Ever thought burps and farts of cattle are posing a danger to our planet Earth? These digestive processes expel methane, a colourless and odourless gas which is approximately 84 times more potent than carbon dioxide when it comes to warming the planet.
There are approximately 1.6 billion cattle on Earth. And one of the biggest sources of Methane gas is cattle such as cows that produce it during digestion, according to a source.
But no worries as an innovative solution to tackle this problem has come along. Zelp, a UK based firm has created a face mask which filters burps of the cows. As per the source, the mask is able to reduce the methane emission up to 60 per cent.
Mask is not the only solution which has been created to curb this methane emission from cattle so far. There have been few other solutions, such as 'feed additives' that stop the methane production in the stomach itself. But this practice is not recommended as it may pose health problems in the cattle.
The mask does not pose this challenge. It does not alter any biological process of the cattle, making it environment friendly. It allows the animals to carry on their digestion process normally and traps the methane gas when it comes out of their mouth while breathing or burping.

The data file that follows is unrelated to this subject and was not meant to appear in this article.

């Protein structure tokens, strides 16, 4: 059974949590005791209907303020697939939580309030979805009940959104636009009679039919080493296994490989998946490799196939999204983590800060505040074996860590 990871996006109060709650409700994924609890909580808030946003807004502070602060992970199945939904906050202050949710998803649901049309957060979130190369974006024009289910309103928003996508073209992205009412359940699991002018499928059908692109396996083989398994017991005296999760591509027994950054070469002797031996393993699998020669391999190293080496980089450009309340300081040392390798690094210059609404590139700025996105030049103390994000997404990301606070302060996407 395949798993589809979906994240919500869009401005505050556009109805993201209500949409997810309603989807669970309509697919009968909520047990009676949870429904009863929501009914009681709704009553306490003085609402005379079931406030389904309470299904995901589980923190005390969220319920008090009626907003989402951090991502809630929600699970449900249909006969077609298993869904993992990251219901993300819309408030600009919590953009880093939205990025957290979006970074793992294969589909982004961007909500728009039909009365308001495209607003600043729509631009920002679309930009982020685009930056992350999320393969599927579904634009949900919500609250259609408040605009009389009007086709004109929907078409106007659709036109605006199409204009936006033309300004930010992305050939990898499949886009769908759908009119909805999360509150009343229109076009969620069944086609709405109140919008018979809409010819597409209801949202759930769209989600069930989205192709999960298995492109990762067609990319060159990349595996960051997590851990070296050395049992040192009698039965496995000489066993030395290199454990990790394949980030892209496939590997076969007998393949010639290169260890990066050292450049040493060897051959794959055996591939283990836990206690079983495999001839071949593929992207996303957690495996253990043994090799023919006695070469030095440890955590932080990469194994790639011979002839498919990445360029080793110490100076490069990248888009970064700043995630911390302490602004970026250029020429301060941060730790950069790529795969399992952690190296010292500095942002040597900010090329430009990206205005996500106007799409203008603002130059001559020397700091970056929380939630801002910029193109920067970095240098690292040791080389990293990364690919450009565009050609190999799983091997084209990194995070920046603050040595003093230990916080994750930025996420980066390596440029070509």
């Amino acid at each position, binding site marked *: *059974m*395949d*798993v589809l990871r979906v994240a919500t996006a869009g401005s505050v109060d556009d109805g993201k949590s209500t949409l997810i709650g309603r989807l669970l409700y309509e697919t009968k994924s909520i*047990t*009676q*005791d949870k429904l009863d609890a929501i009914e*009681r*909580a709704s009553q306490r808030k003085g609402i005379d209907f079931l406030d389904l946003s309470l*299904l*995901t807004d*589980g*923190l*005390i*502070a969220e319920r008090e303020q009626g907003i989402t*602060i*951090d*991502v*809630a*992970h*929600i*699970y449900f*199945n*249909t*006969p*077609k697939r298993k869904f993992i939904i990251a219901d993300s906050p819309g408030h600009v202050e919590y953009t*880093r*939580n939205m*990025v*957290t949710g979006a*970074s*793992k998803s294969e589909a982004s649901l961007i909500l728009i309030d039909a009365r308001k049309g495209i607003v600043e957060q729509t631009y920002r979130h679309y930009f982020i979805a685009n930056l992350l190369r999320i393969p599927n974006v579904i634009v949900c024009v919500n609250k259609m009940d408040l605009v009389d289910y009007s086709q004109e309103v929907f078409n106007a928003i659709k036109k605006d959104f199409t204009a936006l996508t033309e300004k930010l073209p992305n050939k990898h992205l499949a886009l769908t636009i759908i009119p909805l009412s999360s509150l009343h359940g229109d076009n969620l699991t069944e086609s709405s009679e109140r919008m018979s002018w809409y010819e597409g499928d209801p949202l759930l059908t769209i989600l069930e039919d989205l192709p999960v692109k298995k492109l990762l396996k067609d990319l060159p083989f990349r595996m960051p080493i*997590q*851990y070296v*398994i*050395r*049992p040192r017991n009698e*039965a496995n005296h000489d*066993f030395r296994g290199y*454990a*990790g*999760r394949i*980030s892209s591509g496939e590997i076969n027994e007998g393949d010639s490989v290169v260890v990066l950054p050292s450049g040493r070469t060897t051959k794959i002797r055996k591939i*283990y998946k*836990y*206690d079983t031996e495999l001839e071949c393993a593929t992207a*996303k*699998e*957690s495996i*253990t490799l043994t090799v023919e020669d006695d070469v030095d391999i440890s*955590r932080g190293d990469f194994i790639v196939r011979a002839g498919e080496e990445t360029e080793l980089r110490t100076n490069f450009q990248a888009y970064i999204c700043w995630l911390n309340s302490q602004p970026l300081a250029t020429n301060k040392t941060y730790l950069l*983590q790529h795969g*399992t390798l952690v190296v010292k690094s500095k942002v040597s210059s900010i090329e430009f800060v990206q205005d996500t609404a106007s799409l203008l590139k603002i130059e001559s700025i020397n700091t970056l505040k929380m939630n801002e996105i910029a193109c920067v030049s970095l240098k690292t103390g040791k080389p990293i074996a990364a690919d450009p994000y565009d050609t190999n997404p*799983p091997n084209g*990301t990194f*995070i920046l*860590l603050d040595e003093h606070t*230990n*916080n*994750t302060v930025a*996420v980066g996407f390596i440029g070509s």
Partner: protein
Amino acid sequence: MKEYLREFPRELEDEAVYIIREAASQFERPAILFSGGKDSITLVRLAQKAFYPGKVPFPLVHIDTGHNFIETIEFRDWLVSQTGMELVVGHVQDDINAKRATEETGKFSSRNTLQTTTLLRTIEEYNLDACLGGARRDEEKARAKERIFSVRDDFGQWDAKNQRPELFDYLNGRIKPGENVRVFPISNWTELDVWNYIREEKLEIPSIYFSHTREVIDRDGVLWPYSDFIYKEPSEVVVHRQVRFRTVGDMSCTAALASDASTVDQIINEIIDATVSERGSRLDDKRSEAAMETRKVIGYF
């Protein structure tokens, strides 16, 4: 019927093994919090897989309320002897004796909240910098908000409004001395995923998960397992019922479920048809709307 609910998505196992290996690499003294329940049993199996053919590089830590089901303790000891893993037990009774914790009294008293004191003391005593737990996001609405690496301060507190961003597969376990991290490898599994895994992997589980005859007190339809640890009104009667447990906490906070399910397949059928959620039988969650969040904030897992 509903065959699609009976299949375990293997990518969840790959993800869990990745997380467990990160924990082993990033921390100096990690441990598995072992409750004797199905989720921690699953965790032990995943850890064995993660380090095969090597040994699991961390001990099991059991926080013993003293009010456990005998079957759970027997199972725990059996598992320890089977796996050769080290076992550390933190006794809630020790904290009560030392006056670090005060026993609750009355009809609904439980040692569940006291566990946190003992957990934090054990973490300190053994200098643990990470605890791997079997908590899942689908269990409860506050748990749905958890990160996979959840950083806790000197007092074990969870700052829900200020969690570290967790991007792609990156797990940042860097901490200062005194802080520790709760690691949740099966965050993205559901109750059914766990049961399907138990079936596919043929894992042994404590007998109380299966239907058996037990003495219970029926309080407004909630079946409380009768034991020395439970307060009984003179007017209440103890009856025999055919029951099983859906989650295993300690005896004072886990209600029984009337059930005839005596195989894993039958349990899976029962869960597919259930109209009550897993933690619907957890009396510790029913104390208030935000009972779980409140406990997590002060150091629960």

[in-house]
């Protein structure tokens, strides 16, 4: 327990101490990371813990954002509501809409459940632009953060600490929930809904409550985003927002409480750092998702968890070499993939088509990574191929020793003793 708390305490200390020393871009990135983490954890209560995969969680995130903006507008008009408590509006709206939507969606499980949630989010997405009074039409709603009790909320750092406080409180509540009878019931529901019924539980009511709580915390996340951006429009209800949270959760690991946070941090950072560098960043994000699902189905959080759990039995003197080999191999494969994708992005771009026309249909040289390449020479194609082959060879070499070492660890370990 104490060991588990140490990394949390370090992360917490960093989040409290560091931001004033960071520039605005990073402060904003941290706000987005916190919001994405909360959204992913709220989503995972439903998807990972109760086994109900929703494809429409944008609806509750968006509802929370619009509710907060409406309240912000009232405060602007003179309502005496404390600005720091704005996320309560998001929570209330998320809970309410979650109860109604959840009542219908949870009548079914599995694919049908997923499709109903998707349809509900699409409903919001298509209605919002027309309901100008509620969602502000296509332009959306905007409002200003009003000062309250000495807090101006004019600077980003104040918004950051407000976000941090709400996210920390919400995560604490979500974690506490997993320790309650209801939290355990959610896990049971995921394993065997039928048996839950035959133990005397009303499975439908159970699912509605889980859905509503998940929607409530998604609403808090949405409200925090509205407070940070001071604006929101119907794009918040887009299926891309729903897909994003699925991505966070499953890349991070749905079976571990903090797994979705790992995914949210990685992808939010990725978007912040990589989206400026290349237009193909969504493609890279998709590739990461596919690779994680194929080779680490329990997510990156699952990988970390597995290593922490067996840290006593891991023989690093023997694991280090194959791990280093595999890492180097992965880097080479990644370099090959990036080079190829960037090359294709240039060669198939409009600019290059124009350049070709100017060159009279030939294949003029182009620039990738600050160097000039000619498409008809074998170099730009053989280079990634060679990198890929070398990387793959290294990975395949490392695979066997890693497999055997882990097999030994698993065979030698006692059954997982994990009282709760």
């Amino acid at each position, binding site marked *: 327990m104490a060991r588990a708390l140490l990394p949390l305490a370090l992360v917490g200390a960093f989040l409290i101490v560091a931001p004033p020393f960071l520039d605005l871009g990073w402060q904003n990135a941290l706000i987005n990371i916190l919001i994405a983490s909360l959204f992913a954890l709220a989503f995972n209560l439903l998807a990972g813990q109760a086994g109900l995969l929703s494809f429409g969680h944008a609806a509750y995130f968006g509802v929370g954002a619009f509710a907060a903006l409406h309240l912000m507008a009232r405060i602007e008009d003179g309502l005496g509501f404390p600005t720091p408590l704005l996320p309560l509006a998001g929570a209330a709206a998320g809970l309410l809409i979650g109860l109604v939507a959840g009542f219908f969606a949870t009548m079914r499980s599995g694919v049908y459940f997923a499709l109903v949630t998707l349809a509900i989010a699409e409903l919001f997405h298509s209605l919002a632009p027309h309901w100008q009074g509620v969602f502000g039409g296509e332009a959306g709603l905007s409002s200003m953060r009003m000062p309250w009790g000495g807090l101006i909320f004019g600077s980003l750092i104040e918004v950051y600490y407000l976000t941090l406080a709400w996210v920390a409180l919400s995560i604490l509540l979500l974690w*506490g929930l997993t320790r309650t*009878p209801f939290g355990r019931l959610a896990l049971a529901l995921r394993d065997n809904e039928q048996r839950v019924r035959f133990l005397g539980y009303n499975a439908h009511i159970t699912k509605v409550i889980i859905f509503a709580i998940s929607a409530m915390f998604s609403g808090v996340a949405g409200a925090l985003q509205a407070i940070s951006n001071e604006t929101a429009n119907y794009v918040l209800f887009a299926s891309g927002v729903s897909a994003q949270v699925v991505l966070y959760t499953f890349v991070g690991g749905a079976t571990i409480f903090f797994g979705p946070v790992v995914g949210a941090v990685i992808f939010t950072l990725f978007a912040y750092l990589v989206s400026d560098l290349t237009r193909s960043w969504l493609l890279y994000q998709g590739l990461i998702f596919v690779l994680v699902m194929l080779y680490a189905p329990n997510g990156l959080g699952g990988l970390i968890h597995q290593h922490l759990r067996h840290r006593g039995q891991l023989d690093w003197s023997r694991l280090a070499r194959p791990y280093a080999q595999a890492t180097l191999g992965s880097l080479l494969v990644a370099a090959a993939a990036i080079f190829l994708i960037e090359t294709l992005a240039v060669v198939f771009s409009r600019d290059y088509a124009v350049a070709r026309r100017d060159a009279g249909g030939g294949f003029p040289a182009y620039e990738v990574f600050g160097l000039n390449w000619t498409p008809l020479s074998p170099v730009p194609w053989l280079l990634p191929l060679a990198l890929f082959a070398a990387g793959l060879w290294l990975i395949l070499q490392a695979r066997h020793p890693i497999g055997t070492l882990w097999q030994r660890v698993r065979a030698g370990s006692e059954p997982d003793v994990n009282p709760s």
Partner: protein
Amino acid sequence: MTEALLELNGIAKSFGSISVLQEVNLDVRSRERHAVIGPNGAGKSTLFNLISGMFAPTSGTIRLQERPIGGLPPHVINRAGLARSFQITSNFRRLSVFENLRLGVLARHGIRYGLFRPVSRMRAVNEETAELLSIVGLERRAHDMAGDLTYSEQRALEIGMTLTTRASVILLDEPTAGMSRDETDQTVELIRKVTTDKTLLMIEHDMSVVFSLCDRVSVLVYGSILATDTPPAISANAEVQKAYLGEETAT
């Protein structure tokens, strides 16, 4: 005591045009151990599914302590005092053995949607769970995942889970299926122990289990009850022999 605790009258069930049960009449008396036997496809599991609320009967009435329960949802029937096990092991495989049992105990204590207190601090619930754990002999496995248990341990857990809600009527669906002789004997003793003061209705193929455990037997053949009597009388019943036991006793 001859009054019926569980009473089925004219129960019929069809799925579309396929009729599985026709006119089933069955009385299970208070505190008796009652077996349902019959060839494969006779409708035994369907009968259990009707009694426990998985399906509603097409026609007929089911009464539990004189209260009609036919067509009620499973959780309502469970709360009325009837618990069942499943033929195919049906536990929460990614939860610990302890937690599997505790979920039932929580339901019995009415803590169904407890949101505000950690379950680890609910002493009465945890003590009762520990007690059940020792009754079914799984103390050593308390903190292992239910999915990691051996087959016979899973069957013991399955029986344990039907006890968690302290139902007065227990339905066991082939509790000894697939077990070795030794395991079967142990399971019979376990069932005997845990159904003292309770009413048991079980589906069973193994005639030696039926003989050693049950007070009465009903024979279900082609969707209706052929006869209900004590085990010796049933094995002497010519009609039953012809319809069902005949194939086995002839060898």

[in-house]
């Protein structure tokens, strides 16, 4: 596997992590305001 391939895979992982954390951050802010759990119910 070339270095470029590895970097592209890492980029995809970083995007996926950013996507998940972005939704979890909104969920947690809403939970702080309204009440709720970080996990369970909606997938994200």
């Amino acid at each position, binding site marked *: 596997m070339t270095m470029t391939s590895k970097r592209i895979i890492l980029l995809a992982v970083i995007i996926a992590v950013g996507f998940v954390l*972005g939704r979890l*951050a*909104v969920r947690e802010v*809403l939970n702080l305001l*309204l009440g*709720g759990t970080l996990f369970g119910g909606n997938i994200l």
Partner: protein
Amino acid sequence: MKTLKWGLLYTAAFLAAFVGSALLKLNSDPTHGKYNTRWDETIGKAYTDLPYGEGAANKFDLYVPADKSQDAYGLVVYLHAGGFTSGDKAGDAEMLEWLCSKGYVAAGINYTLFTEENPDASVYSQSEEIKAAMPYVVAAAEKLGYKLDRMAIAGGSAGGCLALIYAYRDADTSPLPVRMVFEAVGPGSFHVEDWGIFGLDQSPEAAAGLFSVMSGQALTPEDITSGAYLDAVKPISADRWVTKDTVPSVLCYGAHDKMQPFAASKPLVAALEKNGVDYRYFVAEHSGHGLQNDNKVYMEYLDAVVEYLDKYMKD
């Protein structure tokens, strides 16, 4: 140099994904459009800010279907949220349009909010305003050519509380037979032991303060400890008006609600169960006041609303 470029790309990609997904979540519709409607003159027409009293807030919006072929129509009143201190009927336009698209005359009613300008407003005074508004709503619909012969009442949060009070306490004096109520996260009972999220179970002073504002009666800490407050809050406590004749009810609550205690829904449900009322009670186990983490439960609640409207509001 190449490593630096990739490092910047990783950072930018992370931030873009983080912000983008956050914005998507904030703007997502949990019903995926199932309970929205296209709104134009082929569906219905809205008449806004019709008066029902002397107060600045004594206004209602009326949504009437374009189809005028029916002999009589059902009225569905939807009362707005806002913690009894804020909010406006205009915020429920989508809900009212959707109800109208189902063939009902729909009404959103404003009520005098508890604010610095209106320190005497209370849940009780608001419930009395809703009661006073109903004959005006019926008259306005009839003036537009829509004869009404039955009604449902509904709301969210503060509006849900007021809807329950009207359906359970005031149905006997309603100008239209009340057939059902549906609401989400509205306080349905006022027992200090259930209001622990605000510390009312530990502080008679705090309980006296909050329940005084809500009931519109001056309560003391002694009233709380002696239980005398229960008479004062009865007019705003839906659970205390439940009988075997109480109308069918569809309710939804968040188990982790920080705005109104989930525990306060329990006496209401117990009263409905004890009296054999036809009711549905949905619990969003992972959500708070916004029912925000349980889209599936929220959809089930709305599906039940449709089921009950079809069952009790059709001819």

The mask is also found to be comfortable for the cows, as they can also be adjusted according to the head size. It is applied to them after they are weaned, usually at 6-8 months of age.
At the tip of the mask, a sensor detects the percentage of methane that is expelled when the cow exhales. When methane levels get too high, the mask channels the gas towards an oxidation mechanism inside, which contains a catalyst that converts methane into CO2 and water, and expels it from the device.
"The technology detects, captures and oxidises methane when it is exhaled by the animals," said Francisco Norris, one of the two brothers who founded the firm. "Around 95 per cent of the cattle's methane emissions come from their nostrils and mouths," Norris added.
Zelp has conducted behavioural trials and observations with institutions in the UK and Argentina, including the Royal Veterinary College, which have indicated that the wearable has no impact on the animal's behaviour and feeding.